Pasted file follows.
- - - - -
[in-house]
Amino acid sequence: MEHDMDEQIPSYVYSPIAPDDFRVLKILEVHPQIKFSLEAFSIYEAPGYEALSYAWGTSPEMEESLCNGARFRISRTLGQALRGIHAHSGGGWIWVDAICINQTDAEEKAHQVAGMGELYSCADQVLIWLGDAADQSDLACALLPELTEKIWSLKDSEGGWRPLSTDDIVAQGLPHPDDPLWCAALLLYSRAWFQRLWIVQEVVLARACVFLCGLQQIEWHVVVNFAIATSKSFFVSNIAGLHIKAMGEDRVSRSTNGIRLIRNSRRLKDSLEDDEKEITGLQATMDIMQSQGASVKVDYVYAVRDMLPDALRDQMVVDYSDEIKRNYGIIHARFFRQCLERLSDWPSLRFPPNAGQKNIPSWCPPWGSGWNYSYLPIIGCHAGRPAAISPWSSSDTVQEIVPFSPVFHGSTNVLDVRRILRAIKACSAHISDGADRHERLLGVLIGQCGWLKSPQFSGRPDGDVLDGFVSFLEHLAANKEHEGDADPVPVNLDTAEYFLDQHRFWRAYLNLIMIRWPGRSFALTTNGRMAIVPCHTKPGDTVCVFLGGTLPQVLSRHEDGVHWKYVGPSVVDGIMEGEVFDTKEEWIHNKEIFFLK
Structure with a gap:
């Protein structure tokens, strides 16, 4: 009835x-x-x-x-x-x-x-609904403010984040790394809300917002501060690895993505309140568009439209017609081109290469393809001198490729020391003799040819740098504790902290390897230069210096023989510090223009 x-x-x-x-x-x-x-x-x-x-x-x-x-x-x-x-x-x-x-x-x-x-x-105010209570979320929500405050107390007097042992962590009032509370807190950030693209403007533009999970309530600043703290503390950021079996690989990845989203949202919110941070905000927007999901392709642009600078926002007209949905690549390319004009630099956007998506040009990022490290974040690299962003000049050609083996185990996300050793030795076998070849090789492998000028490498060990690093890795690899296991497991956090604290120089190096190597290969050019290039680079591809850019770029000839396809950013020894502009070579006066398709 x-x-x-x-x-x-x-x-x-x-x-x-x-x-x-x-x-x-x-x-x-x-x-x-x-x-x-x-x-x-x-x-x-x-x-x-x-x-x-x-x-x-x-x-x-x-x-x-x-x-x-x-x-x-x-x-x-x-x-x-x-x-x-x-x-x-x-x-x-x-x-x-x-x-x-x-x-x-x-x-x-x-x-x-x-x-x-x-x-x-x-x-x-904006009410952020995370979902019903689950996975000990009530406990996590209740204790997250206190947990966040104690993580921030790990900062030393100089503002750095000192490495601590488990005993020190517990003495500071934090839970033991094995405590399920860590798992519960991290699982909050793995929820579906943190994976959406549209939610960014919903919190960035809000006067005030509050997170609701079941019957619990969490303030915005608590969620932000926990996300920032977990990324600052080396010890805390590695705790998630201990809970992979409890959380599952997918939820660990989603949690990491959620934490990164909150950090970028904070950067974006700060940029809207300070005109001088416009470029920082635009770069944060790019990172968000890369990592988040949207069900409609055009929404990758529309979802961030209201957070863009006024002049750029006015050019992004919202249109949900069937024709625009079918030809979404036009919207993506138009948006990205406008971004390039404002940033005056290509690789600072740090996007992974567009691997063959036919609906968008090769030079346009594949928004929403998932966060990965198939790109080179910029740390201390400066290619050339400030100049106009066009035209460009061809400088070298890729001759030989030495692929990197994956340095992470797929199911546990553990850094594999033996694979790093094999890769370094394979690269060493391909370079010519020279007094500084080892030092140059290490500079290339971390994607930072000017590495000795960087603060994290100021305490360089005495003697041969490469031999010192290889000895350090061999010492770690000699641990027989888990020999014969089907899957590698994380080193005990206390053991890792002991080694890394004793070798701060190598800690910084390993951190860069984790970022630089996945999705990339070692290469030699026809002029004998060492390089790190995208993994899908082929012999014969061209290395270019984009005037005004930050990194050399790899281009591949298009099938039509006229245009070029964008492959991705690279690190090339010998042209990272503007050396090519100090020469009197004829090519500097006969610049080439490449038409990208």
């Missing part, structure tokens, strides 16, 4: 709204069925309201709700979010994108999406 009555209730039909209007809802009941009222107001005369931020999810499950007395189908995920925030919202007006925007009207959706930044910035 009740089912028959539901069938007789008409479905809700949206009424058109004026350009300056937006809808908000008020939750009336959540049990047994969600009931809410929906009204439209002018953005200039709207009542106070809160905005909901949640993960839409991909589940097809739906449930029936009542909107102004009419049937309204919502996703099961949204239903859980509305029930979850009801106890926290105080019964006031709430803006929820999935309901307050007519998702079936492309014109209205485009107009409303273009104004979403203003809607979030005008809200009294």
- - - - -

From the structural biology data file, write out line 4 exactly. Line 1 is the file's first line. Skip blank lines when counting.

């Protein structure tokens, strides 16, 4: 009835x-x-x-x-x-x-x-609904403010984040790394809300917002501060690895993505309140568009439209017609081109290469393809001198490729020391003799040819740098504790902290390897230069210096023989510090223009 x-x-x-x-x-x-x-x-x-x-x-x-x-x-x-x-x-x-x-x-x-x-x-105010209570979320929500405050107390007097042992962590009032509370807190950030693209403007533009999970309530600043703290503390950021079996690989990845989203949202919110941070905000927007999901392709642009600078926002007209949905690549390319004009630099956007998506040009990022490290974040690299962003000049050609083996185990996300050793030795076998070849090789492998000028490498060990690093890795690899296991497991956090604290120089190096190597290969050019290039680079591809850019770029000839396809950013020894502009070579006066398709 x-x-x-x-x-x-x-x-x-x-x-x-x-x-x-x-x-x-x-x-x-x-x-x-x-x-x-x-x-x-x-x-x-x-x-x-x-x-x-x-x-x-x-x-x-x-x-x-x-x-x-x-x-x-x-x-x-x-x-x-x-x-x-x-x-x-x-x-x-x-x-x-x-x-x-x-x-x-x-x-x-x-x-x-x-x-x-x-x-x-x-x-x-904006009410952020995370979902019903689950996975000990009530406990996590209740204790997250206190947990966040104690993580921030790990900062030393100089503002750095000192490495601590488990005993020190517990003495500071934090839970033991094995405590399920860590798992519960991290699982909050793995929820579906943190994976959406549209939610960014919903919190960035809000006067005030509050997170609701079941019957619990969490303030915005608590969620932000926990996300920032977990990324600052080396010890805390590695705790998630201990809970992979409890959380599952997918939820660990989603949690990491959620934490990164909150950090970028904070950067974006700060940029809207300070005109001088416009470029920082635009770069944060790019990172968000890369990592988040949207069900409609055009929404990758529309979802961030209201957070863009006024002049750029006015050019992004919202249109949900069937024709625009079918030809979404036009919207993506138009948006990205406008971004390039404002940033005056290509690789600072740090996007992974567009691997063959036919609906968008090769030079346009594949928004929403998932966060990965198939790109080179910029740390201390400066290619050339400030100049106009066009035209460009061809400088070298890729001759030989030495692929990197994956340095992470797929199911546990553990850094594999033996694979790093094999890769370094394979690269060493391909370079010519020279007094500084080892030092140059290490500079290339971390994607930072000017590495000795960087603060994290100021305490360089005495003697041969490469031999010192290889000895350090061999010492770690000699641990027989888990020999014969089907899957590698994380080193005990206390053991890792002991080694890394004793070798701060190598800690910084390993951190860069984790970022630089996945999705990339070692290469030699026809002029004998060492390089790190995208993994899908082929012999014969061209290395270019984009005037005004930050990194050399790899281009591949298009099938039509006229245009070029964008492959991705690279690190090339010998042209990272503007050396090519100090020469009197004829090519500097006969610049080439490449038409990208």